1831 – Nat Turner’s rebellion of enslaved Virginians is suppressed.

    1839 – The United Kingdom captures Hong Kong as a base as it prepares for the First Opium War with Qing China.

    1898 – The Southern Cross Expedition, the first British venture of the Heroic Age of Antarctic Exploration, departs from London.

    1923 – Captain Lowell Smith and Lieutenant John P. Richter perform the first mid-air refueling on De Havilland DH-4B, setting an endurance flight record of 37 hours.

    1929 – Hebron Massacre during the 1929 Palestine riots: Arab attacks on the Jewish community in Hebron in the British Mandate of Palestine occur, continuing until the next day, resulting in the death of 65–68 Jews and the remaining Jews being forced to leave the city.

    1939 – World War II: Nazi Germany and the Soviet Union sign the Molotov–Ribbentrop Pact. In a secret protocol to the pact, Poland, Finland, Estonia, Latvia, Lithuania, and Romania are divided into German and Soviet “spheres of influence”.

    1942 – World War II: Beginning of the Battle of Stalingrad.

    1944 – Freckleton air disaster: A United States Army Air Forces B-24 Liberator bomber crashes into a school in Freckleton, England, killing 61 people.

    1966 – Lunar Orbiter 1 takes the first photograph of Earth from orbit around the Moon.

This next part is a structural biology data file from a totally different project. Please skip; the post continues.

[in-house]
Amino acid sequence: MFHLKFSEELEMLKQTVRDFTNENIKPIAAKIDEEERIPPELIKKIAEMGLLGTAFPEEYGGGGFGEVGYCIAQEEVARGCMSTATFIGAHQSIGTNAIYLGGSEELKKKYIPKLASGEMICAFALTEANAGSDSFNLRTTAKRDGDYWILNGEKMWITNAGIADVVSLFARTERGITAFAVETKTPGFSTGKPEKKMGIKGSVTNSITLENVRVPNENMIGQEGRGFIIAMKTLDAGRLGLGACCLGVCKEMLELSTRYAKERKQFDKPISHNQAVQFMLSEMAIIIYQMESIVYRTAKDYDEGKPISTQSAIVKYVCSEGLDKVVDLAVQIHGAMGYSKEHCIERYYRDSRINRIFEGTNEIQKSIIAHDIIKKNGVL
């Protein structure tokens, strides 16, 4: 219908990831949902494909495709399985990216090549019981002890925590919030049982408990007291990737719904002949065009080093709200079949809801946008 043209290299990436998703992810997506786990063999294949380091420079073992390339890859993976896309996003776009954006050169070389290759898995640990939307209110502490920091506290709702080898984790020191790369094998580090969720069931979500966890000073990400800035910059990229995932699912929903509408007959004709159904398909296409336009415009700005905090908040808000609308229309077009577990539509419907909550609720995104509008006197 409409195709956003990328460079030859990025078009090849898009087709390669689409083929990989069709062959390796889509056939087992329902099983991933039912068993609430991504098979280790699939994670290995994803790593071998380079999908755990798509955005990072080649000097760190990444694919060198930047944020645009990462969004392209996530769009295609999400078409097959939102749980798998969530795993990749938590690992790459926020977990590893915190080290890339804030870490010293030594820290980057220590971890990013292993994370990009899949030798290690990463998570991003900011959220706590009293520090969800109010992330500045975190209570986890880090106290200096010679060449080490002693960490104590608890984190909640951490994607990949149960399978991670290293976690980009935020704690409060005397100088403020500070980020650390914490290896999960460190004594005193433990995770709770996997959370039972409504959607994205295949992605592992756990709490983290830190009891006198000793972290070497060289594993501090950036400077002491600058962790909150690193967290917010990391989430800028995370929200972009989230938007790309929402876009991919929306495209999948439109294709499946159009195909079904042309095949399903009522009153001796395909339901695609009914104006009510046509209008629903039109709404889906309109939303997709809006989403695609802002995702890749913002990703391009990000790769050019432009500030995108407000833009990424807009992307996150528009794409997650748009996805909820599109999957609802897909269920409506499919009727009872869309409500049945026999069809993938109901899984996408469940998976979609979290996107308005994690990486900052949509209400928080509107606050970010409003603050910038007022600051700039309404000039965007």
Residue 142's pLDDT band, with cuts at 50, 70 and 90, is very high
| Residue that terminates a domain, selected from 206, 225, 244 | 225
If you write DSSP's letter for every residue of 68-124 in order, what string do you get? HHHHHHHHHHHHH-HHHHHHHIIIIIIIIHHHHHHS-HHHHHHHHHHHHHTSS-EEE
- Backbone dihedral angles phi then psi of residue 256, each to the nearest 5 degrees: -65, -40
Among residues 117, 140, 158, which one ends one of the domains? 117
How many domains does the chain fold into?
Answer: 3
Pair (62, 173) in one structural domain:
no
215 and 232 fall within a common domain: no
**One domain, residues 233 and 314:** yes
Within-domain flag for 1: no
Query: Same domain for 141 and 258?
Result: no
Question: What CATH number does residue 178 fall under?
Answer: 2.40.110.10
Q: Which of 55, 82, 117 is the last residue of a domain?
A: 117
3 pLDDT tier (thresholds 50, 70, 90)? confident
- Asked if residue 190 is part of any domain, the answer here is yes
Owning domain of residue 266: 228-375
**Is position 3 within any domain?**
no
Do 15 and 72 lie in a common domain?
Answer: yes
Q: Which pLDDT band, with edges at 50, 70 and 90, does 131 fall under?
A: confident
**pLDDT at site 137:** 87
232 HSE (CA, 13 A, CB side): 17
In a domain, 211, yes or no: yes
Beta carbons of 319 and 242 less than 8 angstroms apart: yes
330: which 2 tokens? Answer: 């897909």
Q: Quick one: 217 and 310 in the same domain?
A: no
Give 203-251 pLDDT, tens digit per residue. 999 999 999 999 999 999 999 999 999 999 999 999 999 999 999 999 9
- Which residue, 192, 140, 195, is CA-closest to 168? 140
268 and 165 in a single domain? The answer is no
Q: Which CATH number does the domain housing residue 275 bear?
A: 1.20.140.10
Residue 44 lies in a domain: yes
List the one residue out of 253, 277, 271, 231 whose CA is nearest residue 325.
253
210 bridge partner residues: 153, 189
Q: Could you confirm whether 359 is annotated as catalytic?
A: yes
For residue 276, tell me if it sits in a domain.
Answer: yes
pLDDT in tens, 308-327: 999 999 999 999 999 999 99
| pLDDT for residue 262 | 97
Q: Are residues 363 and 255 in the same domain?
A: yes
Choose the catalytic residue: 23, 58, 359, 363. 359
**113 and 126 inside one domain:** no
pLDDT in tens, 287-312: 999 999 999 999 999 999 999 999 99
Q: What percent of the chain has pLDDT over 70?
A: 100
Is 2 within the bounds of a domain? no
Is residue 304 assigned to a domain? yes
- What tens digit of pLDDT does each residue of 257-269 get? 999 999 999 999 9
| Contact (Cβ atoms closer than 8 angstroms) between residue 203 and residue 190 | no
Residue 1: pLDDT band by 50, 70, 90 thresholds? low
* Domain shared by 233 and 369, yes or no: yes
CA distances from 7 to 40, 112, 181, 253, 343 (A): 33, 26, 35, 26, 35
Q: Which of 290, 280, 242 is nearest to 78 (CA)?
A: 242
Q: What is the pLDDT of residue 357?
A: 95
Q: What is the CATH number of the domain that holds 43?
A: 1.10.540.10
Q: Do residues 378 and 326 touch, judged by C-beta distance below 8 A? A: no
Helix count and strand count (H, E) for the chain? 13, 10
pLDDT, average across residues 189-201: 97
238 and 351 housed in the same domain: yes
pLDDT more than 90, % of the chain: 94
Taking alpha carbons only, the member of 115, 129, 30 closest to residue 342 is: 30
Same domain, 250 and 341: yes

1970 – Organized by Mexican American labor union leader César Chávez, the Salad Bowl strike, the largest farm worker strike in U.S. history, begins.

    1973 – A bank robbery gone wrong in Stockholm, Sweden, turns into a hostage crisis; over the next five days the hostages begin to sympathise with their captors, leading to the term “Stockholm syndrome”.

    1989 – Singing Revolution: Two million people from Estonia, Latvia and Lithuania stand on the Vilnius–Tallinn road, holding hands.

    1990 – West and East Germany announce that they will reunite on October 3.

    1991 – The World Wide Web is opened to the public.

    1994 – Eugene Bullard, the only African American pilot in World War I, is posthumously commissioned as Second Lieutenant in the United States Air Force.